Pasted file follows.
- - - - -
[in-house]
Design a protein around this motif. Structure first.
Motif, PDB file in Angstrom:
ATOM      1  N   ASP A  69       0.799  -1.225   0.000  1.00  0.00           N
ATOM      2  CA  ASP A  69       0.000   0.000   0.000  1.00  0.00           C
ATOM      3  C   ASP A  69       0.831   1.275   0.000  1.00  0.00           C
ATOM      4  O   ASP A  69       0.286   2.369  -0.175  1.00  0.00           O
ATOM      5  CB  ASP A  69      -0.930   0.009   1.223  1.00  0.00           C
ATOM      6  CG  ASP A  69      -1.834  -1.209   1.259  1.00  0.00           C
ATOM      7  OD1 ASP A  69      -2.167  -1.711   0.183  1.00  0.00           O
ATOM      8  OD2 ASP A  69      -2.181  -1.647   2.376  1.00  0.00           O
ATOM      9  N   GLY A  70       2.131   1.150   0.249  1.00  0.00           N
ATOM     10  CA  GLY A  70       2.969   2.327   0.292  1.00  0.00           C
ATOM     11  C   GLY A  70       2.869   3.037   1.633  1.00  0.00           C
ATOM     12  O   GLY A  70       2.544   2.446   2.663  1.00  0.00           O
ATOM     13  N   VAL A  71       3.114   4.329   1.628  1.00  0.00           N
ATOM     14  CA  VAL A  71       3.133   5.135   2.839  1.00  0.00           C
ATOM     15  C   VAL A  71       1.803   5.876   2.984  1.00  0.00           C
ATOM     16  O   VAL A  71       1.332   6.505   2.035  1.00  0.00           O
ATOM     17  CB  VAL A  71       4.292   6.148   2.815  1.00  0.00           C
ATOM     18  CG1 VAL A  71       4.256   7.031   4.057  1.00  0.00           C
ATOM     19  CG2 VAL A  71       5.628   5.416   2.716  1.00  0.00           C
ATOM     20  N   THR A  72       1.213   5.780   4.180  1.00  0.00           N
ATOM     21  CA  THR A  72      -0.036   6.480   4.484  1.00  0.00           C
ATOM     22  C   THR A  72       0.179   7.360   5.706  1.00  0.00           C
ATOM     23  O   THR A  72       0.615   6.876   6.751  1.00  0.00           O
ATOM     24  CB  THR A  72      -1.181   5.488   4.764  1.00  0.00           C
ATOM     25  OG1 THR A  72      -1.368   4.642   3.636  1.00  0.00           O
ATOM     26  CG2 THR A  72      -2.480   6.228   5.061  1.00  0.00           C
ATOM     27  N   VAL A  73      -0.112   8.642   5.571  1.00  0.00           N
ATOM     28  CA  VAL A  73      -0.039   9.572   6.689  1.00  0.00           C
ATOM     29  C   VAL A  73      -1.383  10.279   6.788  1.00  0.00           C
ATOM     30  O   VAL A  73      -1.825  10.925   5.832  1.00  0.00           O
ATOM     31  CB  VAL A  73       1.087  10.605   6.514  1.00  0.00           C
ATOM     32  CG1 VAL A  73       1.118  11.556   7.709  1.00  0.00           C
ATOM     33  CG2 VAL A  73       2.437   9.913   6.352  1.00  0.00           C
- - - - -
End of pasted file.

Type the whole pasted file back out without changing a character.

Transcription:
[in-house]
Design a protein around this motif. Structure first.
Motif, PDB file in Angstrom:
ATOM      1  N   ASP A  69       0.799  -1.225   0.000  1.00  0.00           N
ATOM      2  CA  ASP A  69       0.000   0.000   0.000  1.00  0.00           C
ATOM      3  C   ASP A  69       0.831   1.275   0.000  1.00  0.00           C
ATOM      4  O   ASP A  69       0.286   2.369  -0.175  1.00  0.00           O
ATOM      5  CB  ASP A  69      -0.930   0.009   1.223  1.00  0.00           C
ATOM      6  CG  ASP A  69      -1.834  -1.209   1.259  1.00  0.00           C
ATOM      7  OD1 ASP A  69      -2.167  -1.711   0.183  1.00  0.00           O
ATOM      8  OD2 ASP A  69      -2.181  -1.647   2.376  1.00  0.00           O
ATOM      9  N   GLY A  70       2.131   1.150   0.249  1.00  0.00           N
ATOM     10  CA  GLY A  70       2.969   2.327   0.292  1.00  0.00           C
ATOM     11  C   GLY A  70       2.869   3.037   1.633  1.00  0.00           C
ATOM     12  O   GLY A  70       2.544   2.446   2.663  1.00  0.00           O
ATOM     13  N   VAL A  71       3.114   4.329   1.628  1.00  0.00           N
ATOM     14  CA  VAL A  71       3.133   5.135   2.839  1.00  0.00           C
ATOM     15  C   VAL A  71       1.803   5.876   2.984  1.00  0.00           C
ATOM     16  O   VAL A  71       1.332   6.505   2.035  1.00  0.00           O
ATOM     17  CB  VAL A  71       4.292   6.148   2.815  1.00  0.00           C
ATOM     18  CG1 VAL A  71       4.256   7.031   4.057  1.00  0.00           C
ATOM     19  CG2 VAL A  71       5.628   5.416   2.716  1.00  0.00           C
ATOM     20  N   THR A  72       1.213   5.780   4.180  1.00  0.00           N
ATOM     21  CA  THR A  72      -0.036   6.480   4.484  1.00  0.00           C
ATOM     22  C   THR A  72       0.179   7.360   5.706  1.00  0.00           C
ATOM     23  O   THR A  72       0.615   6.876   6.751  1.00  0.00           O
ATOM     24  CB  THR A  72      -1.181   5.488   4.764  1.00  0.00           C
ATOM     25  OG1 THR A  72      -1.368   4.642   3.636  1.00  0.00           O
ATOM     26  CG2 THR A  72      -2.480   6.228   5.061  1.00  0.00           C
ATOM     27  N   VAL A  73      -0.112   8.642   5.571  1.00  0.00           N
ATOM     28  CA  VAL A  73      -0.039   9.572   6.689  1.00  0.00           C
ATOM     29  C   VAL A  73      -1.383  10.279   6.788  1.00  0.00           C
ATOM     30  O   VAL A  73      -1.825  10.925   5.832  1.00  0.00           O
ATOM     31  CB  VAL A  73       1.087  10.605   6.514  1.00  0.00           C
ATOM     32  CG1 VAL A  73       1.118  11.556   7.709  1.00  0.00           C
ATOM     33  CG2 VAL A  73       2.437   9.913   6.352  1.00  0.00           C